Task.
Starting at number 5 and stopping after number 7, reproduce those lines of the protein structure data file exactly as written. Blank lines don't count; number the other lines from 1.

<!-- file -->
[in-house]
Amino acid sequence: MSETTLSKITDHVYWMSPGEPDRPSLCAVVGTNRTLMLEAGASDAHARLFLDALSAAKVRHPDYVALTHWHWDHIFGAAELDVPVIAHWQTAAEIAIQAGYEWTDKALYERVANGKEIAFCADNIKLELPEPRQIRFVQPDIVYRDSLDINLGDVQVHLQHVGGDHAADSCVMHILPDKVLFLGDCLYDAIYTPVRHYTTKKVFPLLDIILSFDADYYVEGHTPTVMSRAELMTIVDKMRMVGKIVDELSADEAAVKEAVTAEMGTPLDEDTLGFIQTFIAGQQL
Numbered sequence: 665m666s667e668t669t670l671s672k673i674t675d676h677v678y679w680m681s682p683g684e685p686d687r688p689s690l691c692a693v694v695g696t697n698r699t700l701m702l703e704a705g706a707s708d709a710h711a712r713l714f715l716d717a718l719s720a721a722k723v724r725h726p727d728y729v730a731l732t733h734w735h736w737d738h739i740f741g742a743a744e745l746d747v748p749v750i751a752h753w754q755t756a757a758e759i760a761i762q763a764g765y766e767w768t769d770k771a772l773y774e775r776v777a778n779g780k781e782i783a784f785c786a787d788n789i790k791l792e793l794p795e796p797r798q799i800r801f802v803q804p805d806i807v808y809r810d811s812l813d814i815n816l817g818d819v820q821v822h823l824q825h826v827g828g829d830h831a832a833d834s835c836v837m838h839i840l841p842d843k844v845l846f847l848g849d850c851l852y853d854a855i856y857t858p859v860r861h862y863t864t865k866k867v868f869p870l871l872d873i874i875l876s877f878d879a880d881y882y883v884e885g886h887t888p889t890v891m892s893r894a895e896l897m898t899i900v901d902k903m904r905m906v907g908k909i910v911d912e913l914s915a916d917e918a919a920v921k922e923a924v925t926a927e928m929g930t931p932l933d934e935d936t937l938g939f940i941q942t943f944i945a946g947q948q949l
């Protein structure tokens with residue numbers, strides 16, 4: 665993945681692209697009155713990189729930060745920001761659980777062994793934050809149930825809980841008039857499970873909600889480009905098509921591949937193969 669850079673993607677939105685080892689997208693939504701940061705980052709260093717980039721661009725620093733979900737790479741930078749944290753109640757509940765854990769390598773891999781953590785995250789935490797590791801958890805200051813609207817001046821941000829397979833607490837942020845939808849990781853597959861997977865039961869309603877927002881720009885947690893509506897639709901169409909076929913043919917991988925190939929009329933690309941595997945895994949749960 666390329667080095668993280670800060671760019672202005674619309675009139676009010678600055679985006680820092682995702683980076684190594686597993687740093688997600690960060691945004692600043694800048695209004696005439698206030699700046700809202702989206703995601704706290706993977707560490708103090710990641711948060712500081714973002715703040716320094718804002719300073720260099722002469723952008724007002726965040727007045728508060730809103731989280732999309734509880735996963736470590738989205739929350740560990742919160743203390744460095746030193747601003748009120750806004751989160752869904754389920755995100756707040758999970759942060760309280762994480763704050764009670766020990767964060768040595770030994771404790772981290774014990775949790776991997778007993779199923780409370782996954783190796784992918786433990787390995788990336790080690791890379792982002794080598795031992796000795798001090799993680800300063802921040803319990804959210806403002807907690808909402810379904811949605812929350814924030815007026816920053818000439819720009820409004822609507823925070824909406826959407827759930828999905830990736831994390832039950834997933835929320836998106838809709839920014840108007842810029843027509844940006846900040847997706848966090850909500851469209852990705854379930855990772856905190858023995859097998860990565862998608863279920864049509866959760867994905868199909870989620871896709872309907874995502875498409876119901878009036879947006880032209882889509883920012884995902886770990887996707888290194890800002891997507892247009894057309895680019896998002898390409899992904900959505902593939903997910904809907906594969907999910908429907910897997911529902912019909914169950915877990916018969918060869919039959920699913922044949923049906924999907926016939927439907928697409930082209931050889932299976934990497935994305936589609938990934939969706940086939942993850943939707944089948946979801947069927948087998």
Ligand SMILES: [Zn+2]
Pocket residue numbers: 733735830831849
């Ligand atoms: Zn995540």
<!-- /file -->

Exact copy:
Ligand SMILES: [Zn+2]
Pocket residue numbers: 733735830831849
């Ligand atoms: Zn995540």